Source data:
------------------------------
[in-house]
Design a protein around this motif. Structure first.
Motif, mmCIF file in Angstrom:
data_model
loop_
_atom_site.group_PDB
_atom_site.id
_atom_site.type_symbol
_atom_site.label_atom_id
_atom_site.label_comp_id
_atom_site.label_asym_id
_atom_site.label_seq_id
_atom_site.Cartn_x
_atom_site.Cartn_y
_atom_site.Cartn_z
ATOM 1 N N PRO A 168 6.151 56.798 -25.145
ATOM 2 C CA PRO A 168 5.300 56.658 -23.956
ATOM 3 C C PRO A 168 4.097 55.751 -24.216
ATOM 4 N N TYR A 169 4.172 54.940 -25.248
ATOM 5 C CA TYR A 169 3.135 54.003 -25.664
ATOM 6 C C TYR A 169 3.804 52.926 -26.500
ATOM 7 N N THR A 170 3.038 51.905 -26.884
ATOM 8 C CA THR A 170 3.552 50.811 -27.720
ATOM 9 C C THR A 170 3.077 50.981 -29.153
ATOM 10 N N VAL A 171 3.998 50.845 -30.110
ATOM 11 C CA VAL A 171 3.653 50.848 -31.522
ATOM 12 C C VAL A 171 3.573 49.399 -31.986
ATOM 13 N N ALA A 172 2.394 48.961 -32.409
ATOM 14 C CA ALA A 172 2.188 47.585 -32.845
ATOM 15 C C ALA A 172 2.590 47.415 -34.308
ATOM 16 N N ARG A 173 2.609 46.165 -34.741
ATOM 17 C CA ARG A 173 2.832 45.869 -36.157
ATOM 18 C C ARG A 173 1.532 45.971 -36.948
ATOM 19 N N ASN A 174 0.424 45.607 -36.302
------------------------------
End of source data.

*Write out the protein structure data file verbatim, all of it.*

[in-house]
Design a protein around this motif. Structure first.
Motif, mmCIF file in Angstrom:
data_model
loop_
_atom_site.group_PDB
_atom_site.id
_atom_site.type_symbol
_atom_site.label_atom_id
_atom_site.label_comp_id
_atom_site.label_asym_id
_atom_site.label_seq_id
_atom_site.Cartn_x
_atom_site.Cartn_y
_atom_site.Cartn_z
ATOM 1 N N PRO A 168 6.151 56.798 -25.145
ATOM 2 C CA PRO A 168 5.300 56.658 -23.956
ATOM 3 C C PRO A 168 4.097 55.751 -24.216
ATOM 4 N N TYR A 169 4.172 54.940 -25.248
ATOM 5 C CA TYR A 169 3.135 54.003 -25.664
ATOM 6 C C TYR A 169 3.804 52.926 -26.500
ATOM 7 N N THR A 170 3.038 51.905 -26.884
ATOM 8 C CA THR A 170 3.552 50.811 -27.720
ATOM 9 C C THR A 170 3.077 50.981 -29.153
ATOM 10 N N VAL A 171 3.998 50.845 -30.110
ATOM 11 C CA VAL A 171 3.653 50.848 -31.522
ATOM 12 C C VAL A 171 3.573 49.399 -31.986
ATOM 13 N N ALA A 172 2.394 48.961 -32.409
ATOM 14 C CA ALA A 172 2.188 47.585 -32.845
ATOM 15 C C ALA A 172 2.590 47.415 -34.308
ATOM 16 N N ARG A 173 2.609 46.165 -34.741
ATOM 17 C CA ARG A 173 2.832 45.869 -36.157
ATOM 18 C C ARG A 173 1.532 45.971 -36.948
ATOM 19 N N ASN A 174 0.424 45.607 -36.302